Stocks slide on souring U.S.-China ties, Russian rate move eyed
Developing world stocks slipped on Friday as relations between the United States and China worsened, while Russia’s rouble weakened ahead of an expected interest rate cut.
In a tit-for-tat move, China ordered the United States to shut its consulate in the city of Chengdu, after Washington’s demand this week that Beijing close its Houston consulate.
“The ordering of the closure of the U.S.’s Chengdu consulate, along with a ratcheting up of the anti-China rhetoric amongst U.S. policymakers, has prompted further weakness as we come to the end of a week,” said Michael Hewson, chief market analyst at CMC Markets UK.
The MSCI’s index for emerging markets equities tumbled 1.7%, but was still set to end the week higher after a massive stimulus agreement between European Union leaders and positive developments from a wave of coronavirus vaccine candidates.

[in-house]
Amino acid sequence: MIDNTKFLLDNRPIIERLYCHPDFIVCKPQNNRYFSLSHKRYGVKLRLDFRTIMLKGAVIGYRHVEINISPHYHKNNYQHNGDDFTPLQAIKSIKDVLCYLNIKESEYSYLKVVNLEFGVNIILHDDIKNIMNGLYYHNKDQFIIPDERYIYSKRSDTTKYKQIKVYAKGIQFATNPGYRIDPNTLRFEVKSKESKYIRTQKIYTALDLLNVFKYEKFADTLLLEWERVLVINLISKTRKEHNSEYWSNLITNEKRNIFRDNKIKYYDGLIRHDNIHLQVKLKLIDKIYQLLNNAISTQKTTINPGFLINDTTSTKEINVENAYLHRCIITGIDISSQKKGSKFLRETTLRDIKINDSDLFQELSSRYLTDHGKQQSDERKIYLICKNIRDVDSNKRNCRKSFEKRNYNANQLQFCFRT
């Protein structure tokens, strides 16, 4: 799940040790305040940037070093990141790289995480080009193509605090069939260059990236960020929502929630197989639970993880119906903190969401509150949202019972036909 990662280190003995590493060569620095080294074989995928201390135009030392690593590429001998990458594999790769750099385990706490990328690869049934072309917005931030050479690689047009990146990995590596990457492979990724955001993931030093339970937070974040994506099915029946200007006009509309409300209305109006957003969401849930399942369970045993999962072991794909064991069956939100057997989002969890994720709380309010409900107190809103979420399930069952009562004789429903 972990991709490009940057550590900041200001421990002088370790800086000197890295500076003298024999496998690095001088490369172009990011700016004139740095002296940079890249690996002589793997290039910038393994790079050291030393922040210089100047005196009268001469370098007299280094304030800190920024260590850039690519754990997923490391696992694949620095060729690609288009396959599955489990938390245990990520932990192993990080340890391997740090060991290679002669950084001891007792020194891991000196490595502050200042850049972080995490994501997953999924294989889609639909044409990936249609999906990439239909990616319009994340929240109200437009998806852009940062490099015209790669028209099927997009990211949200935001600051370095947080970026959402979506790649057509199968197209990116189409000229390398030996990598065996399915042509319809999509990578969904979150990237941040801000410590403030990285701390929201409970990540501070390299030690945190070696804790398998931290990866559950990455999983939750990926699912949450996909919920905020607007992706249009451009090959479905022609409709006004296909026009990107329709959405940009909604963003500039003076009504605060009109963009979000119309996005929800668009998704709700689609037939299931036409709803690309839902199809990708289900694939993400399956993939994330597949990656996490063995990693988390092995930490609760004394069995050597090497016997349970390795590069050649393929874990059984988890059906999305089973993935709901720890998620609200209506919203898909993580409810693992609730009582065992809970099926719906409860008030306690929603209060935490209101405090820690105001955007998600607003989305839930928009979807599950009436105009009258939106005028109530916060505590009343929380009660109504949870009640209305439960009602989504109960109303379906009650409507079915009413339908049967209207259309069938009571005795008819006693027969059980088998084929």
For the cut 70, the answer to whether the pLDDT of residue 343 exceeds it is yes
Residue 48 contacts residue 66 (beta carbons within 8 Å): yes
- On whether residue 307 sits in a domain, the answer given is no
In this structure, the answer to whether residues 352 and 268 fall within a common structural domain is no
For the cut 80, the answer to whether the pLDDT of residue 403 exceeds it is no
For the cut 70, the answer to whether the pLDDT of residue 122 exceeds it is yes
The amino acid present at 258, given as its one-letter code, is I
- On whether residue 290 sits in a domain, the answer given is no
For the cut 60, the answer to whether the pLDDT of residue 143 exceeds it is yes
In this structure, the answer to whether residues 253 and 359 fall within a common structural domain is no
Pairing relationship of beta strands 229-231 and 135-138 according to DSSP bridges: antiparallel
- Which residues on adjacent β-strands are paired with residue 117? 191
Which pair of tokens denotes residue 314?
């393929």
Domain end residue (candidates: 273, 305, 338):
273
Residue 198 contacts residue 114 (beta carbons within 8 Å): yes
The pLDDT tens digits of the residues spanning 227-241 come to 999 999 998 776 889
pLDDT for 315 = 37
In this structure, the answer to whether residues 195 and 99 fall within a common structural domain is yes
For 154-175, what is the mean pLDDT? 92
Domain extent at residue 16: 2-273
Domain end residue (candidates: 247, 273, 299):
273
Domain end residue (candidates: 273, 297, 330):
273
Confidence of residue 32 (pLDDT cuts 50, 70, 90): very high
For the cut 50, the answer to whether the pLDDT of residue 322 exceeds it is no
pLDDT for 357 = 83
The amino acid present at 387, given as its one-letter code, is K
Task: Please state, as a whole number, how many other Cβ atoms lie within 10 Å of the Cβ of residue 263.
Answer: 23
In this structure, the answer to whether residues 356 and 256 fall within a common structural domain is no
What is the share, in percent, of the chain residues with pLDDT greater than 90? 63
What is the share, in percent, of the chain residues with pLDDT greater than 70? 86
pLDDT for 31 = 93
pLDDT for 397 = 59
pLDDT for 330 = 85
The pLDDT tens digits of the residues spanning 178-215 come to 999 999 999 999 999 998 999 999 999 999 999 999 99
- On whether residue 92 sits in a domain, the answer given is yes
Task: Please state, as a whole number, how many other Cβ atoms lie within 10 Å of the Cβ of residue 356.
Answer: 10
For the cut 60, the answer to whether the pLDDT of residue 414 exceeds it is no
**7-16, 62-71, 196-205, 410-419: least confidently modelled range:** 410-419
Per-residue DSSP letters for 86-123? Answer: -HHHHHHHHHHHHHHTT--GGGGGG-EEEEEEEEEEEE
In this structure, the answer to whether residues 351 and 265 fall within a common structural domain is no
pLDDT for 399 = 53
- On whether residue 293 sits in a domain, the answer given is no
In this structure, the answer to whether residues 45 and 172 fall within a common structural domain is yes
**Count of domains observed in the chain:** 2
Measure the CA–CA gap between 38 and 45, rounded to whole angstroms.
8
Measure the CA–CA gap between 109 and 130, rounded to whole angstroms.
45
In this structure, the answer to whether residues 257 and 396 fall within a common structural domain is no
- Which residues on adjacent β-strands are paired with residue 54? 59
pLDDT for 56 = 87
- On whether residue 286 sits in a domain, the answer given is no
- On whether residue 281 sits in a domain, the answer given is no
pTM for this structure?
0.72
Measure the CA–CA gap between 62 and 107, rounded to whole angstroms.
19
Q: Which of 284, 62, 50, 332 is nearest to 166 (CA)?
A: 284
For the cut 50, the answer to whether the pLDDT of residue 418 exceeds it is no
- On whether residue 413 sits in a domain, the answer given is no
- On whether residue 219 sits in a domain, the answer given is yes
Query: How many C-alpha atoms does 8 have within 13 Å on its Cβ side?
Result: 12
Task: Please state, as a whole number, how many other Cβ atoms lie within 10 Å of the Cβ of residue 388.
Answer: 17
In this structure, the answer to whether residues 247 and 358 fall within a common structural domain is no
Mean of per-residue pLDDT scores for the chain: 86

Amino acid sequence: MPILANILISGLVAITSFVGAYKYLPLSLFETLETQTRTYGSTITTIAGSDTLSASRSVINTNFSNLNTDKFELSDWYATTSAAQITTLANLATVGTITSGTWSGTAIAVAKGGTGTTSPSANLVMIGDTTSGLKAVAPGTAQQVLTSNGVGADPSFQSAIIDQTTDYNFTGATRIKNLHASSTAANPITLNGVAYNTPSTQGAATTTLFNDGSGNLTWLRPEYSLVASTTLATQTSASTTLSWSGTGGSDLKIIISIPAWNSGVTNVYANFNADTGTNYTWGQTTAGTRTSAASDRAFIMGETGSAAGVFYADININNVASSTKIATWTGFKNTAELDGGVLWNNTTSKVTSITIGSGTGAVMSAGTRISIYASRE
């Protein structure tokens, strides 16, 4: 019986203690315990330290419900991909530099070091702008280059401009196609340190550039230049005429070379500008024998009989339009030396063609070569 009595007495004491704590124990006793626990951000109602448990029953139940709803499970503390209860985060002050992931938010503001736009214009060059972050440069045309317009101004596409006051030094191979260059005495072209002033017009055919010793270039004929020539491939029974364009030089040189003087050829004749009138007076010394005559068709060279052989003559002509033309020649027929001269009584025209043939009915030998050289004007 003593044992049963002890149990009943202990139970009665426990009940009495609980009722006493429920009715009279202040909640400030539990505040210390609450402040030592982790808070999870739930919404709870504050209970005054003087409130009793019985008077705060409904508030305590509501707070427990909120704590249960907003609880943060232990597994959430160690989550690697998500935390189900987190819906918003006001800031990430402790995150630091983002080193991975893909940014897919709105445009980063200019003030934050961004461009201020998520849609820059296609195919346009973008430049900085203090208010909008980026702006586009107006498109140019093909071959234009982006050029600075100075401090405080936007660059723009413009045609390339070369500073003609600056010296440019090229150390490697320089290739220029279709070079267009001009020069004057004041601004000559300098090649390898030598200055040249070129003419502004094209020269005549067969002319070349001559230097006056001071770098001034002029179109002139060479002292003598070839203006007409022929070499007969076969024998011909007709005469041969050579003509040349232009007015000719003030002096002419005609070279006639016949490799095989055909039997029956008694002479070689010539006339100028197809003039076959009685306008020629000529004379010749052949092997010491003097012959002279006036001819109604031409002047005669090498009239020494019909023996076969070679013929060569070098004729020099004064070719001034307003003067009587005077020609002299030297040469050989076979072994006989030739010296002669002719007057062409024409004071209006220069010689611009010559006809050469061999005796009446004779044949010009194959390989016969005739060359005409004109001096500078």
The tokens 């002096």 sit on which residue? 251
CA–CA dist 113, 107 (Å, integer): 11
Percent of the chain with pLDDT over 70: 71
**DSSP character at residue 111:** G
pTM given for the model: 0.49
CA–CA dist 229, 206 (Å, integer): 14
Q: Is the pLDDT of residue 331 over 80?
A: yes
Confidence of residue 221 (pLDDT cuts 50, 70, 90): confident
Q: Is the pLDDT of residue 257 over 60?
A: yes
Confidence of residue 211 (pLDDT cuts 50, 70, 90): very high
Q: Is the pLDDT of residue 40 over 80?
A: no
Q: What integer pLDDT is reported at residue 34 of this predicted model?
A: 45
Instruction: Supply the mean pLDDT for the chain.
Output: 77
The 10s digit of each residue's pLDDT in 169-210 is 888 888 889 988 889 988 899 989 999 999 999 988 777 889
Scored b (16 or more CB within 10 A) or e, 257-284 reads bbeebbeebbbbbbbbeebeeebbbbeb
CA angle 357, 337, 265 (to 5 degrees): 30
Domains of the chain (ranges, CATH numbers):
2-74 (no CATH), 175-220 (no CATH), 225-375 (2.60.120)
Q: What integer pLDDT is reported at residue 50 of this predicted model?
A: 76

Most emerging market stock indexes, including those in South Africa and Budapest fell more than 1%.
The rouble weakened ahead of the central bank’s decision on its key interest rate later in the day. Markets are expecting a cut between 25 and 50 basis points, to a fresh record low, as low oil prices and the coronavirus lockdown hit economy.
Analysts at Commerzbank said expectations have recently shifted in favour of a 50-basis-point cut following Central Bank of Russia Governor Elvira Nabiullina’s remark last week that latest inflation data will allow room for more rate cuts.
“As expectations shifted in this manner, the rouble came under modest weakening pressure in recent days and underperformed central and eastern European peers.”
South Africa’s rand slipped against the dollar, a day after the South Africa Reserve Bank cut its benchmark lending by 25 basis points to a record low of 3.50% as expected.
Most emerging market risk assets have come off sharply from lows hit in March, but investors are keeping close watch on rising numbers of coronavirus cases.
Currencies in central and eastern Europe including those of Hungary, Poland, Romania and the Czech Republic fell against the euro, which enjoyed a winning streak for all of July.
Source: Reuters (Reporting by Shreyashi Sanyal in Bengaluru; Editing by Andrew Heavens)